As I’ve discussed in previous blog posts, health and wellness is often addressed in black-and-white terms, when in fact it has so many gradations, permutations, and subtleties. In my living room, for example, I can leap and twirl and jump and stand on my head. But dancing in a nightclub is a different beast altogether.
For starters, there’s the whole crowd control issue — people pushing and shoving past each other, which is dangerous for my sensitive body. Then there’s the scum-bucket factor — asshole men out to cop a feel, which always ends up with me decking someone. Again, not a preferred option for my sensitive body.
And of course, there’s the issue of shoes. I need shoes that are super duper comfortable. At community dance jams, I bounce around with my Bloch jazz sneakers, which have the support of a sneaker and the flexibility of a dance shoe. But what am I going to wear at a nightclub? My Italian knee-high, like-buttah leather boots, with criss-cross Victorian lacing up and down the front, awesome to dance in for both look and feel, hand-picked during a trip to Milan, are stashed in my storage unit in Tel Aviv.
In the early 1990s, I had a shorter, stockier version of those boots, from a Canadian company that went out of business. Santana, methinks. Also fabulous to dance around in. But in recent years, I’ve had a rilly hard time finding a boot that’s a cross-section between happy dance shoe and hip clubbing shoe.
In addition to needing dance-specific shoes, I need dance-specific clothing. In my living room, I wear spandex pants and tops that give me total flexibility. The whole Dancing with Pain® idea is that Body runs the show. I flow with the energy wherever it is moving. I can’t be constricted by silly fashion attire.
In my previous spotted attempts to reemerge on the dance floor at local nightclubs, I have brought my dance shoes and changed into them in the bathroom. I’ve also worn my spandex pants under a skirt, along with a fluid top. I’ve had a great time dancing, but honestly, I looked totally unhip and felt completely out of place.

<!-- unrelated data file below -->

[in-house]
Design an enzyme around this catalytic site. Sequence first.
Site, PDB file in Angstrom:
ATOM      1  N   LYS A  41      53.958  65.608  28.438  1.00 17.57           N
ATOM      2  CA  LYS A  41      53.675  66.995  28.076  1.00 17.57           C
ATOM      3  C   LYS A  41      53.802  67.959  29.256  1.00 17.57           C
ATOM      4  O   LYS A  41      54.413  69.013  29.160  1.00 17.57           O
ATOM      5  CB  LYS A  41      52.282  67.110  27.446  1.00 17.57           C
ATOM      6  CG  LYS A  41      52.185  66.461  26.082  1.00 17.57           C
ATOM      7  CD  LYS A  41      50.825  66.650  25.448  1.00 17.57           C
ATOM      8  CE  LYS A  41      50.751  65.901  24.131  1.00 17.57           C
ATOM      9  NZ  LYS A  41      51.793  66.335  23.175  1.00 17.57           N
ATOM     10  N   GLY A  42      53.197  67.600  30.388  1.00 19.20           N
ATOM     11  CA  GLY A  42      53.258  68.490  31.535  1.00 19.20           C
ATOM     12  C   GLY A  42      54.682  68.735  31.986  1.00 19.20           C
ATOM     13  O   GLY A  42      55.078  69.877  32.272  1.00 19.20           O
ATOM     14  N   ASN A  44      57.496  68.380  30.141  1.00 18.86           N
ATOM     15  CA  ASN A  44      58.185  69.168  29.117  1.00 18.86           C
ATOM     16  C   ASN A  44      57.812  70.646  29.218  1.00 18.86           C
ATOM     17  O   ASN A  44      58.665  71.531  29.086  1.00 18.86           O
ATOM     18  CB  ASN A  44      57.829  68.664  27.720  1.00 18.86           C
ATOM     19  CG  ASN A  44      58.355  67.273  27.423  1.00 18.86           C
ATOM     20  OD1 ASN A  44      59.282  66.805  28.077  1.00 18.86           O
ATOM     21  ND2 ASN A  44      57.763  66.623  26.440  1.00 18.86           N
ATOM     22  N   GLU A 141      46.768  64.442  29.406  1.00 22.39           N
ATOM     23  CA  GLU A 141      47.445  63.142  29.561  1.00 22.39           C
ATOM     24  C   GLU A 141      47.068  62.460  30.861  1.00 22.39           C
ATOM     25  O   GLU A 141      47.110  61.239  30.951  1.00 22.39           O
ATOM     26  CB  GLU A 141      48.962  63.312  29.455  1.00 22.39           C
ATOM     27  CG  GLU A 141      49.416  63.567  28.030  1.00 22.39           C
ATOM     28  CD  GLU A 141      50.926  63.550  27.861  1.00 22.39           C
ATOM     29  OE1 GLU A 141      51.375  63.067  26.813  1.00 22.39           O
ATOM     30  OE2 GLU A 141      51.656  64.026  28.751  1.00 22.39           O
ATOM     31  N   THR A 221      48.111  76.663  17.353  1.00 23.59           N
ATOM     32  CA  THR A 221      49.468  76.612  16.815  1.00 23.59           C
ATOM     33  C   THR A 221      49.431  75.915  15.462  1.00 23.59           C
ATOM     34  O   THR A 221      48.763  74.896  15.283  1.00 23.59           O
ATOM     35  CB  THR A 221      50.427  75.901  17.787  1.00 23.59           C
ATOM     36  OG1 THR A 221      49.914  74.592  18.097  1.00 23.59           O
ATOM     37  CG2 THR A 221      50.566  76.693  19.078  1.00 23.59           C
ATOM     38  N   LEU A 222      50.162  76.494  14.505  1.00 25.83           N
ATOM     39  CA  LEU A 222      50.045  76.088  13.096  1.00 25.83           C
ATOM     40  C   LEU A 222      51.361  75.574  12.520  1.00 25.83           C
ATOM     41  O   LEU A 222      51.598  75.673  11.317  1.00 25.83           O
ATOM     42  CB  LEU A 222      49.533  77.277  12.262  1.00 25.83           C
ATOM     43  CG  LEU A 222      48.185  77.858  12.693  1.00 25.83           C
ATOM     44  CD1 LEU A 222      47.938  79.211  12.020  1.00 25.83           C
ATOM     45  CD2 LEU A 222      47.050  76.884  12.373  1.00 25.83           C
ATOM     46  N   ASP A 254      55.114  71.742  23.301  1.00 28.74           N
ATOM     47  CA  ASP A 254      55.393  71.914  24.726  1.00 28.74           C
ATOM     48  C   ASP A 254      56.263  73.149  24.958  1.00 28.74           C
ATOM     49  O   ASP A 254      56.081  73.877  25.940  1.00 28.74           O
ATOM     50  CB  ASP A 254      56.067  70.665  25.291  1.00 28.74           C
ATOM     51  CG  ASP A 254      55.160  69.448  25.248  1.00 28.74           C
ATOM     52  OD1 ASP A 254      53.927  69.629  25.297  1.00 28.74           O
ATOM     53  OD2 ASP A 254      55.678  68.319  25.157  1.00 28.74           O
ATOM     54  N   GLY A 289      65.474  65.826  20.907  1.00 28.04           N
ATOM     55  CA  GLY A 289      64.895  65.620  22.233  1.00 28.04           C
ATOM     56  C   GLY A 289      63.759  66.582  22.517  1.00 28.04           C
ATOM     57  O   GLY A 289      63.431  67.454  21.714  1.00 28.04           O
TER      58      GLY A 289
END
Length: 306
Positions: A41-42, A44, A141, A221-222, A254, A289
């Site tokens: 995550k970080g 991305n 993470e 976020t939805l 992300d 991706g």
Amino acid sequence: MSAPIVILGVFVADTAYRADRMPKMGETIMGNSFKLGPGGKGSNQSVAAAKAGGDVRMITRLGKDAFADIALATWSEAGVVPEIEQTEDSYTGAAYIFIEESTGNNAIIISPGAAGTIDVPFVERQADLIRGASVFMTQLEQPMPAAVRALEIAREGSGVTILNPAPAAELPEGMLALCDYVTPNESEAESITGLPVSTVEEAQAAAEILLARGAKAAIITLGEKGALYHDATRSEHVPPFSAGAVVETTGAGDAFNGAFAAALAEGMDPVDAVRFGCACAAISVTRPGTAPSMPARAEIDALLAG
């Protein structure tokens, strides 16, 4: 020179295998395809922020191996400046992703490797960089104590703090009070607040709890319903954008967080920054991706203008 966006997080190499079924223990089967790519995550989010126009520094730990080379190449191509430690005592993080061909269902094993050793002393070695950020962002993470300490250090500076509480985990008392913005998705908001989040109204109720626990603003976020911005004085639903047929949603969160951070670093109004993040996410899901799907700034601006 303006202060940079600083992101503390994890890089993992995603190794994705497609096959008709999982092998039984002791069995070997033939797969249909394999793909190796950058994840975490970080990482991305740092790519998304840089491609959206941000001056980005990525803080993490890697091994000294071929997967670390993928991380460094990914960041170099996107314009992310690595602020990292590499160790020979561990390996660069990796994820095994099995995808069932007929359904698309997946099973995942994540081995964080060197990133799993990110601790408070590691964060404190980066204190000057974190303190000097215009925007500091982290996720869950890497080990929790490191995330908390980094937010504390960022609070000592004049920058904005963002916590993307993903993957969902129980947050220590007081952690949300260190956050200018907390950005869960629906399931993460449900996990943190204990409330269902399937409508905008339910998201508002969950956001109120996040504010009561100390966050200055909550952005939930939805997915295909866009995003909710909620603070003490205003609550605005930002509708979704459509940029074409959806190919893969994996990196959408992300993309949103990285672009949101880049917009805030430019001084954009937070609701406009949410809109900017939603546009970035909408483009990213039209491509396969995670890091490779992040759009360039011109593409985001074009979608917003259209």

In the interest of resolving this and other fashion dilemmas, I spent a couple of years seeking the answer in comfort fashion shoe stores. I spent hours and hours going through different shoe options, driving the sales people batty. I walked around and around in the top contenders for up to 10 minutes per shoe, to ensure that they honest-to-goodness would not end up causing me pain. I sent scores of shoes back to the racks and shelled out thousands of dollars on the ones that seemed winners.
But in almost all of these cases, the shoes left my ankles fucked within half an hour or an hour of walking them in real life. Forget dancing in them. I therefore have a closet full of gorgeous, expensive, unwearable shoes. Despite repeated efforts to get back in fashion gear, I inevitably have ended up parading around in my Nikes, Reeboks, or Asics.
Then there’s the matter that shopping is just a total energy drain. What’s more, with limited funds — common to people like me, who have shelled out their life savings on health care — there is just a whole other layer of complication to getting the look I want.
To be honest, while I’ve made some attempts at it here and there, looking good has been pretty low on my priority list over the past, oh, 15 years or so. I have been more interested in being pain-free, having energy, and otherwise being as comfortable as possible.
But I’m feeling strong and healed enough, as well as bored enough with my attire, that I’m giving myself a chronic fashion diva makeover. Last week, I went through my closet and threw into two big black trash bags anything that I did not feel like a hottie wearing. I did keep a number of cashmere sweaters for the warmth factor, even though they’ve all shrunk to a size or two too small for me by now.
Next I’m heading off to thrift stores that will do an exchange of clothing. And I’m also putting the word out to shoe-makers that on behalf of myself and those like me, we need a line of gorgeous shoes that are made for moving in, instead of looking at. Little to no heel. Super supportive. Good bounce factor.
As soon as I finish unpacking, when I hopefully stumble across my video camera, I’ll turn this process into a vlog. Hopefully I’ll learn a thing or two along the way that will help other chronic hotties get their groove thang back.